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It is fair to say, then, that in their doctrines concerning infinity, concerning imaginary quantities, and flowing quantities, the mathematicians have something of the poets.

II. Let us look next at some of the Operations and Results of Mathematics.

Perhaps none can be found better to answer our purpose than conic sections; pertaining, as this operation does, primarily, to the order of pure mathematics, and dealing in the driest and most intricate investigations, and thence passing on to a series of applications which copiously minister to the sentiments of the beautiful and the sublime. Here, then, is a cone — a regular figure, but to the common eye exhibiting no very remarkable properties - a form which the uninitiated might look at and pass by suggesting nothing of very special beauty or grandeur. But the mathematician sees in it the secret of the universe. To him it is emblematic of the sublimest discoveries of science, and brilliant with the records of mind's most wonderful achievements.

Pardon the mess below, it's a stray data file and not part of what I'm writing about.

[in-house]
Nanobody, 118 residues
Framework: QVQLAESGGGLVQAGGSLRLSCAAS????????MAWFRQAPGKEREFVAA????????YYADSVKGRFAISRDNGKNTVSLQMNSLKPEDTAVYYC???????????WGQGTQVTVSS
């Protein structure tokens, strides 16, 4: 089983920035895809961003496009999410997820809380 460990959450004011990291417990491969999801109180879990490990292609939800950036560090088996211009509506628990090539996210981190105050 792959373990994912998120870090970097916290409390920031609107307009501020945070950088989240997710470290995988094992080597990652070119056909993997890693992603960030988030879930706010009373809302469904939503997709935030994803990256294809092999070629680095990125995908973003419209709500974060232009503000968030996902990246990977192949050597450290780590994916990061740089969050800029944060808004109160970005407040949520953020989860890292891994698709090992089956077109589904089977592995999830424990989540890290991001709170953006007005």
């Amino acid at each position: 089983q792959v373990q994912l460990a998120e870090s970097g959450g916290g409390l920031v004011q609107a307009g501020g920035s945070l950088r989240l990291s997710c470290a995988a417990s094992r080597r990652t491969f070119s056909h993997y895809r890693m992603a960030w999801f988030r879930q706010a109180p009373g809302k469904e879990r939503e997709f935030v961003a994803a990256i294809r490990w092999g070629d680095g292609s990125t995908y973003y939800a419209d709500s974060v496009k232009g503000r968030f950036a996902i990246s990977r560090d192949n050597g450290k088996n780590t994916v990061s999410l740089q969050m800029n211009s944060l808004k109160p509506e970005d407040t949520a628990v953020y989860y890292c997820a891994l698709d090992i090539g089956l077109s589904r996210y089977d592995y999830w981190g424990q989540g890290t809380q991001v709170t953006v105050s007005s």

Cast a glance on his operations with it. First, he cleaves the cone from its apex to its base, and remarks that the outlines of that section describe a triangle. He divides it horizontally, (as one says society is divided in the Old World,) and discovers a circle. He cuts it obliquely, and finds in that section an ellipse. He cuts it again, in a line parallel to the side, and presents to view a parabola. He cuts it still once more, making a greater angle with the base than the side of the cone makes, and thus obtains the hyperbola. Having by these five sections obtained five figures, (the five conic sections,) he is curious to know their properties, and relations, and uses. He, accordingly, applies to them the scrutinizing power of his geometry; measures their curves, their angles, their dimensions, their axes, their conjugates, their ordinates, abscisses, parameters, and asymptotes; and, while the busy world, peeping into his study, smiles contemptuously on the man who can find entertainment in poring for day and night over these strange diagrams, hunting after their abstract relations, and calculating